Former Air Force reservist Michael Thomas says he doesn't know why a special review board denied his application for a concealed carry license. (Alex Garcia, Chicago Tribune / May 20, 2014)

After taking a firearms training course, paying a host of fees, and submitting fingerprints for a background check that he ultimately passed, Michael Thomas was puzzled when he was notified earlier this year that a special review board had denied his application for a concealed carry license.

Thomas, a former Air Force reservist who said he routinely carried a gun during military service and has never had a run-in with the law, is one of more than 800 people who have been denied licenses by the board, which meets behind closed doors and keeps its records and reasoning secret, even from applicants who are denied.

Figuring that his was a case of mistaken identity, Thomas wrote to the Illinois State Police to request a review of the decision.

"I have never been arrested or convicted of any offense, either misdemeanor or felony, in the state of Illinois or any other state," Thomas said in his letter. "I have no criminal record of any type."

But the state police, in a letter responding to his appeal request, didn't say why he was denied, and told him that the board's decisions couldn't be reviewed and that he would have to petition a court in order to appeal.

So Thomas joined 193 other Illinoisans who have filed lawsuits against the state police to try and peel back the secrecy of the decision-making process.

The state police review every application and can automatically deny any applicant who does not follow application rules, pay appropriate fees or meet standard background requirements. A provision in the law also allows local police and other officials to object to a person's application after the applicant has passed a fingerprint background check and met the other requirements for a license.

The Concealed Carry Licensing Review Board, a panel with law enforcement backgrounds, considers the objections in private and is not required to explain the reasons behind its decisions except under order from a court, according to the state police's interpretation of the statute.

Officials won't say why Thomas' application was flagged for denial, or by whom. Thomas insists that he has a clean record. A search of Cook County court records turned up no charges. An Air Force spokesman told the Tribune that Thomas was honorably discharged in 2012 and that his military record does not contain any unfavorable information.

The lawsuits, including two backed by the National Rifle Association, claim that applicants were denied due process because they weren't given a reason for the board's decision and have no recourse for challenging its findings. Lawyers involved in the cases say the issue is not whether applicants are qualified for the licenses, but whether the licensing process is too secretive and arbitrary.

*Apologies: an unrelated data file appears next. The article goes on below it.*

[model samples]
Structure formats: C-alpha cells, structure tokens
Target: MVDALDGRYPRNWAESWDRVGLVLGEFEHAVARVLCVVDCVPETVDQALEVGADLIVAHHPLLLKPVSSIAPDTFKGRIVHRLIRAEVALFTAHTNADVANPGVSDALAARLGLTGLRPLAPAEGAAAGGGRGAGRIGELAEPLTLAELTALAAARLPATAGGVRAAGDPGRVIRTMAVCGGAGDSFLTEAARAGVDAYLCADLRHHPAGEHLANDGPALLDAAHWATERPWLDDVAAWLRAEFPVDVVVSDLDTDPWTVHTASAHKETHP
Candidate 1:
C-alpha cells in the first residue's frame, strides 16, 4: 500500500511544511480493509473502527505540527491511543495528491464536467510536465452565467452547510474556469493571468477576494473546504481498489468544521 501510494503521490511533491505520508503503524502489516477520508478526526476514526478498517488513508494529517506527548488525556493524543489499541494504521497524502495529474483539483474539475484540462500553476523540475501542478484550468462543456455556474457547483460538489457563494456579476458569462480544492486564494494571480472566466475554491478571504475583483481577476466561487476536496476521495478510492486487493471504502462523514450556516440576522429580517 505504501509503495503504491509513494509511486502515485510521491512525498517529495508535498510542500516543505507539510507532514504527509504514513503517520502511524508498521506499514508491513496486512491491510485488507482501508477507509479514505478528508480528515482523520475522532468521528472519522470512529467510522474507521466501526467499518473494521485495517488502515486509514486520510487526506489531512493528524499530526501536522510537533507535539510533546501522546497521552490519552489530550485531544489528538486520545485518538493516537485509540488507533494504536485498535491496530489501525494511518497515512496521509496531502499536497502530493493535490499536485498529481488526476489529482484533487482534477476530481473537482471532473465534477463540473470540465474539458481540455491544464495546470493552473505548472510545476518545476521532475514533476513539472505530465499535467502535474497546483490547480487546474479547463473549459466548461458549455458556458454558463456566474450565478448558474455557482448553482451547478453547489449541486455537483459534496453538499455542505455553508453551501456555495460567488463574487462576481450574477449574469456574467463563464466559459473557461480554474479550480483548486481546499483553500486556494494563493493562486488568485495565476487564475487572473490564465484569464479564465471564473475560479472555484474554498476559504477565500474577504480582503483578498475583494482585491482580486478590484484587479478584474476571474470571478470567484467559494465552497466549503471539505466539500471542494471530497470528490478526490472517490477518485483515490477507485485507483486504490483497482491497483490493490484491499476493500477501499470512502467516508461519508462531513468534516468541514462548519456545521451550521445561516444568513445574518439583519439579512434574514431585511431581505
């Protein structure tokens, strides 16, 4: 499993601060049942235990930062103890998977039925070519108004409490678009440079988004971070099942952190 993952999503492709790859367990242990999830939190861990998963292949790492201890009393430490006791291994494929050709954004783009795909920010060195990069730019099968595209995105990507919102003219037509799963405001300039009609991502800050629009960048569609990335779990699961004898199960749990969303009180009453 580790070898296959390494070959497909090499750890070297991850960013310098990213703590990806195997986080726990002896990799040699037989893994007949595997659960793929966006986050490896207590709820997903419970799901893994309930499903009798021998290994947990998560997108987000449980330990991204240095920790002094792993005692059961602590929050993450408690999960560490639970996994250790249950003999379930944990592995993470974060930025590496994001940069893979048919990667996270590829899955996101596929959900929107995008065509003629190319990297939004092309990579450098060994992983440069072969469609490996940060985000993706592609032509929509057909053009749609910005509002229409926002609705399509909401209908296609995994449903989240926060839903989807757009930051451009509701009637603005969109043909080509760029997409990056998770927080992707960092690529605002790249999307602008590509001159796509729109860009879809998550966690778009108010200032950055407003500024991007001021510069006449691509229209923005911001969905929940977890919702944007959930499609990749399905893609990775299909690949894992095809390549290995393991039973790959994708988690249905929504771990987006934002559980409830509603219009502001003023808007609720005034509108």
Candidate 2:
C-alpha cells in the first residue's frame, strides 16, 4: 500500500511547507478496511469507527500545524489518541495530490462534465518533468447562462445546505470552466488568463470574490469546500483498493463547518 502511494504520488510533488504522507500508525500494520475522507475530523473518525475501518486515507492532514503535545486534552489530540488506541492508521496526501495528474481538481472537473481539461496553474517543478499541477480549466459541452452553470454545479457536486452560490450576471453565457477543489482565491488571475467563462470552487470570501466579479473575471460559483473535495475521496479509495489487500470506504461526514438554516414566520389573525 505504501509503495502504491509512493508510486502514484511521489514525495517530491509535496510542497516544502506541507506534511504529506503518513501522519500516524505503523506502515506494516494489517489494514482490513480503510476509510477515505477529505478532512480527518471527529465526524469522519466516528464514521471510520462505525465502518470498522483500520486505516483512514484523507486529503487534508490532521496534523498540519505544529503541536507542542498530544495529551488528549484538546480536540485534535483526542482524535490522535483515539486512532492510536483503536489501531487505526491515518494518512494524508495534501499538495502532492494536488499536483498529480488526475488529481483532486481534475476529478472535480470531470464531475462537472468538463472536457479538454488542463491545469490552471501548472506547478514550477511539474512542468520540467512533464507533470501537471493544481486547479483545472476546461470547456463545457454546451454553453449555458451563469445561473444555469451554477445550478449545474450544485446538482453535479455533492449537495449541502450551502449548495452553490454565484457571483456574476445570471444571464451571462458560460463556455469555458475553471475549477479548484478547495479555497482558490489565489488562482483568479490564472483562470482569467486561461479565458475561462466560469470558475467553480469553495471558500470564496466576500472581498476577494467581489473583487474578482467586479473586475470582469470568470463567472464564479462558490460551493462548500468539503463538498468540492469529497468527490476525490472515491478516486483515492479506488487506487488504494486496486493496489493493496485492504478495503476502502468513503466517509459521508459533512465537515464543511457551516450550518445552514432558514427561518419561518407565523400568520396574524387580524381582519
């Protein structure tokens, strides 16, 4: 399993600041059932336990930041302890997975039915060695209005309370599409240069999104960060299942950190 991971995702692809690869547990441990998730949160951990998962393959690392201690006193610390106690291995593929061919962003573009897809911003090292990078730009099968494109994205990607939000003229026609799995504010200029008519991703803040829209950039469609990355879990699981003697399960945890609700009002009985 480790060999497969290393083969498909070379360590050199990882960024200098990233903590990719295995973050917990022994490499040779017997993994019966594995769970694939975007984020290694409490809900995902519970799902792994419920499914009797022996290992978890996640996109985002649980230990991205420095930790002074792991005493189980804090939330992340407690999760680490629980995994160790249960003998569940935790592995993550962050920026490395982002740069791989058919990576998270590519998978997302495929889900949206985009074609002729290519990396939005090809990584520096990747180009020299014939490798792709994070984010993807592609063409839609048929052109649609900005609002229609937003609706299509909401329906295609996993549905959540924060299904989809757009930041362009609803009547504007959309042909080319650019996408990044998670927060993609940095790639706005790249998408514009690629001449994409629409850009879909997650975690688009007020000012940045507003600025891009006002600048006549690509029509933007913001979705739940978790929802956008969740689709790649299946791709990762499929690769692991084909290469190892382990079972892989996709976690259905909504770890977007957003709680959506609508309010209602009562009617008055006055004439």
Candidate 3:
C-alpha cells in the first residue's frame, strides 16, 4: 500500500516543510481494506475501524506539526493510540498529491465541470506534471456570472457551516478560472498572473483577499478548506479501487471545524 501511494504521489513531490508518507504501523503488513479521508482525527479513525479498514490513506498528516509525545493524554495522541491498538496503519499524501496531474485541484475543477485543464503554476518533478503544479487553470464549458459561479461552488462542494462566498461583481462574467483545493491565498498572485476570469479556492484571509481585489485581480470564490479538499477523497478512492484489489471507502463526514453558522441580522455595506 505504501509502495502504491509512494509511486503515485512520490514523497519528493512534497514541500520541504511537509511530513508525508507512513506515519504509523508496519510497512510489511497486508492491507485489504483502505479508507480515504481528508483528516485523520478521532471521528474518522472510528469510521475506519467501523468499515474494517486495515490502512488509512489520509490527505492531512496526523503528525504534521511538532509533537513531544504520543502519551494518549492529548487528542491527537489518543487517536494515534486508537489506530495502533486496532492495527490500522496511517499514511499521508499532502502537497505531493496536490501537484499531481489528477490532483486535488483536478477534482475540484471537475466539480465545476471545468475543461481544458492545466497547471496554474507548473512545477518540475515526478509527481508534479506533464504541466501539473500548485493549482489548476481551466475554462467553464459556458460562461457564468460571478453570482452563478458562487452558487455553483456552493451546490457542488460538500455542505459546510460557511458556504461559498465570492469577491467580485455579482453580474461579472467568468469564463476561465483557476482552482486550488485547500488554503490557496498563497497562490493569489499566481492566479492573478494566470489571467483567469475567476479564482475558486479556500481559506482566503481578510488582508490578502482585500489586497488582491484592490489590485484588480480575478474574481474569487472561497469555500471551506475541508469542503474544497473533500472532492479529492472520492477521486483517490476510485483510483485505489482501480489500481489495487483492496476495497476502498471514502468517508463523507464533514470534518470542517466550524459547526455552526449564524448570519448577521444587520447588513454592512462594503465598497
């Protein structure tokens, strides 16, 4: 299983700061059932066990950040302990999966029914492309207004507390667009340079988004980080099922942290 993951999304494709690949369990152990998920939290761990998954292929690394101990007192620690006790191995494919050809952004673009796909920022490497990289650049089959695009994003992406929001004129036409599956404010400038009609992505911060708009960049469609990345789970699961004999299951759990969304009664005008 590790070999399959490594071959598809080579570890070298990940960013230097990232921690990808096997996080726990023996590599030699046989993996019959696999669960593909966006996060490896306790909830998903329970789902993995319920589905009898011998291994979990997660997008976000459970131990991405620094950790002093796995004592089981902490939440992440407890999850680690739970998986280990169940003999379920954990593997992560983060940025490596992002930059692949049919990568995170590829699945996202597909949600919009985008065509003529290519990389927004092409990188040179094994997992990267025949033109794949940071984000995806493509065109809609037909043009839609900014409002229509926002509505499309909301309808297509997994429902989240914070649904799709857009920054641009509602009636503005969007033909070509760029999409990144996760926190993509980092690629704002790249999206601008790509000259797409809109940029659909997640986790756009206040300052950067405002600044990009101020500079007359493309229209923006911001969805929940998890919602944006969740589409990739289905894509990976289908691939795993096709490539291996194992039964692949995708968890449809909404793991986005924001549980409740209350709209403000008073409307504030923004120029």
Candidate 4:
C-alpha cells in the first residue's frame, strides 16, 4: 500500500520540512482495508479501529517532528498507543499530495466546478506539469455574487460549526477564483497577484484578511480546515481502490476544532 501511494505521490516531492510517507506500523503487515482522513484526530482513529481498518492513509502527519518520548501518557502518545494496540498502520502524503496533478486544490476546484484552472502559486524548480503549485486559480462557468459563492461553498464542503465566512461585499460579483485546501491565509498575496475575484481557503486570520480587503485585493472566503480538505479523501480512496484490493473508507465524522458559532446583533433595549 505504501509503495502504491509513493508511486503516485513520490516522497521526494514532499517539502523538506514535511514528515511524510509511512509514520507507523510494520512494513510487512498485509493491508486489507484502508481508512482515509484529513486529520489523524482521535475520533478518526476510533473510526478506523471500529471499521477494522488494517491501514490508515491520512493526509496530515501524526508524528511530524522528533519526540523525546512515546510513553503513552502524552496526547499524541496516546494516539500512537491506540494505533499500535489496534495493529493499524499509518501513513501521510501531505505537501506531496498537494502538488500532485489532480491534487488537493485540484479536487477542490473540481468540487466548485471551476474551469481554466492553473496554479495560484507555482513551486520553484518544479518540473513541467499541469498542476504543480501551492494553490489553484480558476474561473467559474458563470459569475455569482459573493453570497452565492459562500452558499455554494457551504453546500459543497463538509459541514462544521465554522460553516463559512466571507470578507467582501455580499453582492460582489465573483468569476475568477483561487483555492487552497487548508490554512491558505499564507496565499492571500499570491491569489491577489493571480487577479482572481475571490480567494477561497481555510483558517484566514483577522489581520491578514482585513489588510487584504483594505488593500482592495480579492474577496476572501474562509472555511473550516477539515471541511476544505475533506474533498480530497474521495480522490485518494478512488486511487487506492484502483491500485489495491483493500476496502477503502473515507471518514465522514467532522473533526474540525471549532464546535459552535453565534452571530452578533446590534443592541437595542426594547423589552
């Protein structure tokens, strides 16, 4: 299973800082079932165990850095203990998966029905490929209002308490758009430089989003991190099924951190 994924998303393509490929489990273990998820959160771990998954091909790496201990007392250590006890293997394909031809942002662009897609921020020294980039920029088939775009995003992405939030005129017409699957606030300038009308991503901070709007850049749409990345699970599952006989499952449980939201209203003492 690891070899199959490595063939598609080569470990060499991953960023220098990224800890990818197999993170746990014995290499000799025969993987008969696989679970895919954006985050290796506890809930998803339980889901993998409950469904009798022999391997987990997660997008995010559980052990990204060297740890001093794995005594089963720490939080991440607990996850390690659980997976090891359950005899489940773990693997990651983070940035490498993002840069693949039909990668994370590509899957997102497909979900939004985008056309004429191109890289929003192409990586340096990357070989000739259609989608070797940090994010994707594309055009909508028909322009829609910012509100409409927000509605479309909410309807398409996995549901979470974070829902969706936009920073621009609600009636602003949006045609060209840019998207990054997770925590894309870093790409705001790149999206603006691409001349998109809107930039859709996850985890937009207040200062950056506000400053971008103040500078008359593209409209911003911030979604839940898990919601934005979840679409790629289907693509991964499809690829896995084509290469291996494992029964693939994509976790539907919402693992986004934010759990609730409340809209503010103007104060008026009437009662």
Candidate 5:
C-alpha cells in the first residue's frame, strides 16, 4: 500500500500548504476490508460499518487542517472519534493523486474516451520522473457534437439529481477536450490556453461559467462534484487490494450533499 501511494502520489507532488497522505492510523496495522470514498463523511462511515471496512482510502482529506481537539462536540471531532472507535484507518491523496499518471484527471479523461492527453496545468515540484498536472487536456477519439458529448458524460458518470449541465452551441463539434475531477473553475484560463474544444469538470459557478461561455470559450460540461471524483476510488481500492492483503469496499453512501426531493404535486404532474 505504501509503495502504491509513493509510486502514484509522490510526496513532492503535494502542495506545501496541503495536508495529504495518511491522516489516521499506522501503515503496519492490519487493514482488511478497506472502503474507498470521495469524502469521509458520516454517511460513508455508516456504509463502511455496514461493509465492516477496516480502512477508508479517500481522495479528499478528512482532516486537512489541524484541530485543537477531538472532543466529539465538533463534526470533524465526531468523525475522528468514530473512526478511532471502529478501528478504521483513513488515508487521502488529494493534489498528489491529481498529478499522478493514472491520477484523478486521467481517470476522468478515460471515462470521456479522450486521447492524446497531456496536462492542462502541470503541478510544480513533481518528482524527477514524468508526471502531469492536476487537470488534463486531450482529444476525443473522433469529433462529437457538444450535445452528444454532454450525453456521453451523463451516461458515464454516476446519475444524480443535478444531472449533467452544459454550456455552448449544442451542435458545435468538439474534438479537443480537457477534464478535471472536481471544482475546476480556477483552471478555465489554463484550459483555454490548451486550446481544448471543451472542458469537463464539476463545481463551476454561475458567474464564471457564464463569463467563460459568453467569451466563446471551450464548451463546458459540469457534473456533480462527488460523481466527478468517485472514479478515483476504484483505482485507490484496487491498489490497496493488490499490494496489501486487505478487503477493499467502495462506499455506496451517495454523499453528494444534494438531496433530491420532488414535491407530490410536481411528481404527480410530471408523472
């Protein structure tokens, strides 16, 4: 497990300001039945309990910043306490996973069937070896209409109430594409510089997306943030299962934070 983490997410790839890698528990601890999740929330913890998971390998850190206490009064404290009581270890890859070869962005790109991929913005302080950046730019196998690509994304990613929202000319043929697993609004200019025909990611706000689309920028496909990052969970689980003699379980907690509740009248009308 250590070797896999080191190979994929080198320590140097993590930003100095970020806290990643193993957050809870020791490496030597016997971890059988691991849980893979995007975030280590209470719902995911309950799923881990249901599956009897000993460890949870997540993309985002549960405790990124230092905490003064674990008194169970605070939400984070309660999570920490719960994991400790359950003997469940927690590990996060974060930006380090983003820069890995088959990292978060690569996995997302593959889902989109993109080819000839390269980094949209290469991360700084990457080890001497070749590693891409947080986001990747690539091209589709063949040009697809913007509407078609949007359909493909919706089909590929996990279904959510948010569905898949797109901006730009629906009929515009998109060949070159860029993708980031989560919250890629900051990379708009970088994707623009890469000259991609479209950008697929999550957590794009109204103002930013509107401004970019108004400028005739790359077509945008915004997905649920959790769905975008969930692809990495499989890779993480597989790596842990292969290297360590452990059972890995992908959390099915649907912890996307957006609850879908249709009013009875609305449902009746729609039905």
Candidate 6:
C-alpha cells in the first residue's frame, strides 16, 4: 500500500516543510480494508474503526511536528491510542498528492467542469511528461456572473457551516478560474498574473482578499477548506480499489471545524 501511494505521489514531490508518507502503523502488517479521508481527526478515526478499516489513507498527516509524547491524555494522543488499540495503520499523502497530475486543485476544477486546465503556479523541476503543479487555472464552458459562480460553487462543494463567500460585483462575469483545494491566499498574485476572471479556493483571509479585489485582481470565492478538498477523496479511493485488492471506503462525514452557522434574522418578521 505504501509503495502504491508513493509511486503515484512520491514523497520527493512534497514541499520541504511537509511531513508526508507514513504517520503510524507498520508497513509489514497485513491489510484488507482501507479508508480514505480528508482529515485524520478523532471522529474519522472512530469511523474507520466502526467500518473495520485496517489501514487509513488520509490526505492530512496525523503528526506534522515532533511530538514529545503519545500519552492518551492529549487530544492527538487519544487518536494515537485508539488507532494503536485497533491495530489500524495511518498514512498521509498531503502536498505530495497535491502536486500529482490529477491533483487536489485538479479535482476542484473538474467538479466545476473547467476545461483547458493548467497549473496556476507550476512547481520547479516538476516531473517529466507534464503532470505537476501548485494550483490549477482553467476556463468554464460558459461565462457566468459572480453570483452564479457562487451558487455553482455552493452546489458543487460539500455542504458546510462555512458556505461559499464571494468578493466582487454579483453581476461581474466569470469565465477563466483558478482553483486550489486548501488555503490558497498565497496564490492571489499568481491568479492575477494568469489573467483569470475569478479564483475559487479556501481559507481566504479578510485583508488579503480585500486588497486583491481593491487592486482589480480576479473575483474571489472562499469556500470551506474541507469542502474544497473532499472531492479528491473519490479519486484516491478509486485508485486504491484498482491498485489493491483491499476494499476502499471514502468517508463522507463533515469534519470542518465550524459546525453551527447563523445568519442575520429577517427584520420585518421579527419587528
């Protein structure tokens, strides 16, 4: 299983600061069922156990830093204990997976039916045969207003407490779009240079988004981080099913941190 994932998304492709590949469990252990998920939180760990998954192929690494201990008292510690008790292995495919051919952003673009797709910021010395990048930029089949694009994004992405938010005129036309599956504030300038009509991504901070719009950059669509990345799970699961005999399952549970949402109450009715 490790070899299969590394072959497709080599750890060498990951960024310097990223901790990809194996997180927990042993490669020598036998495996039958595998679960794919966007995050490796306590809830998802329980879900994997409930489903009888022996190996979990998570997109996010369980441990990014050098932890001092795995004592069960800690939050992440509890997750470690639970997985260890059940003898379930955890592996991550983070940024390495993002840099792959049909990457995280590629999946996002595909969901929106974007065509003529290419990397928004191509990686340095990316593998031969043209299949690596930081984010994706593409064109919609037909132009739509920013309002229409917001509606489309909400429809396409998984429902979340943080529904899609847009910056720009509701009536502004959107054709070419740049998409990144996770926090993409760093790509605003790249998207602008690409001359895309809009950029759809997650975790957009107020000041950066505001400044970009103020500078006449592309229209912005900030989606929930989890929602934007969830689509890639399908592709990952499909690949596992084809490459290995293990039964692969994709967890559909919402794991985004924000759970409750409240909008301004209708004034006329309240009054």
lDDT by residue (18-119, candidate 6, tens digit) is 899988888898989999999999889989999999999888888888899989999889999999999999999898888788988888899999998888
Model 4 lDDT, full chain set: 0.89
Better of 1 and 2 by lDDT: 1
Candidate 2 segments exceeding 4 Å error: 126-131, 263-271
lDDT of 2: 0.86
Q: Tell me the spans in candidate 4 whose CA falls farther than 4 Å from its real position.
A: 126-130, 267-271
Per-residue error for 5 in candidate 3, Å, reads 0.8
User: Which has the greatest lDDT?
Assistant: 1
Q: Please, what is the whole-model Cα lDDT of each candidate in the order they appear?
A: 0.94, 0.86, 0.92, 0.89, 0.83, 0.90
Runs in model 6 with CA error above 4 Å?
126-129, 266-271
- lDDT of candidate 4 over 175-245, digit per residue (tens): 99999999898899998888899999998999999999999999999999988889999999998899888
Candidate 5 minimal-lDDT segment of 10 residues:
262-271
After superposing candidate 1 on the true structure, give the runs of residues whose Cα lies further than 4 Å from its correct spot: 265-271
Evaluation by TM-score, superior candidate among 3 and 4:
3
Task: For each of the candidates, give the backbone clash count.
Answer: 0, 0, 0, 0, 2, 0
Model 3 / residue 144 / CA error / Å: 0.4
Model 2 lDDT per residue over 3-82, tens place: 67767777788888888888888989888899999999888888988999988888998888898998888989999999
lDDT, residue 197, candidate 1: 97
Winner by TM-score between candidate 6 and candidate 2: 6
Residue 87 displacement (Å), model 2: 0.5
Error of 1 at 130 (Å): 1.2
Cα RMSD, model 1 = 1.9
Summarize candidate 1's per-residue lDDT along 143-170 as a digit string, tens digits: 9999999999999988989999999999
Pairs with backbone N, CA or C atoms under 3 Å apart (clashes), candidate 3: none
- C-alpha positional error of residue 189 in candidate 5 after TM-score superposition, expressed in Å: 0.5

"There are law-abiding citizens in the state of Illinois who are fully eligible to carry, and they are denied the right and not given any notice as to why," said David Thompson, a Washington, D.C., attorney hired by the NRA to file companion lawsuits in Illinois state court and U.S. District Court. "We want a process established that gives people notice of what evidence the state used to make the determination … and an opportunity to rebut by putting in their own evidence."

The NRA-backed lawsuits ask the courts to vacate the denials and offer any other remedies the courts deem proper.

Some gun-control advocates, however, view the wave of lawsuits as an effort by pro-gun advocates to loosen restrictions in the state's concealed carry statute, which was hastily cobbled in the General Assembly after a U.S. appellate court struck down the concealed carry ban in December 2012.

Law enforcement review was a compromise needed to get the law through the legislature, according to representatives from both sides who were involved in the debate.

"It's the NRA's game plan across the country. When there's not legislation pending, they file lawsuits," said Mark Walsh, campaign director for the Illinois Council Against Handgun Violence. "They never liked this part of the bill. But in a lot of communities, local law enforcement knows a lot more about whether someone should have a concealed carry permit. They know if they're going to someone's house every two weeks on a domestic violence call."

Federal law prohibits convicted felons and convicted domestic abusers from obtaining firearms. Illinois takes the additional step of denying concealed carry licenses to those who have been convicted of a misdemeanor involving the use of force or violence, those who have had two or more violations related to driving under the influence, or those who have been in residential or court-ordered treatment for substance abuse, each within five years of applying for the license.

Additionally, the law compels state police to refer for review any applicant who has five or more arrests within the past seven years or more than three arrests on gang-related charges.

The law also allows county sheriffs, state's attorneys, local police and the attorney general to raise objections "based upon a reasonable suspicion that the applicant is a danger to himself or herself or others, or a threat to public safety." The review board investigates the objections and makes a final decision. The law stipulates that the board's meetings are not subject to the Open Meetings Act and its records are not subject to the Freedom of Information Act.

Applicants denied by the board receive a two-paragraph letter from the state police, which informs them that the board "has determined by a preponderance of the evidence" that the person poses a risk, and that any appeals must be directed to the applicant's local circuit court.

A Tribune review of about two dozen lawsuits found that some plaintiffs have had brushes with the law.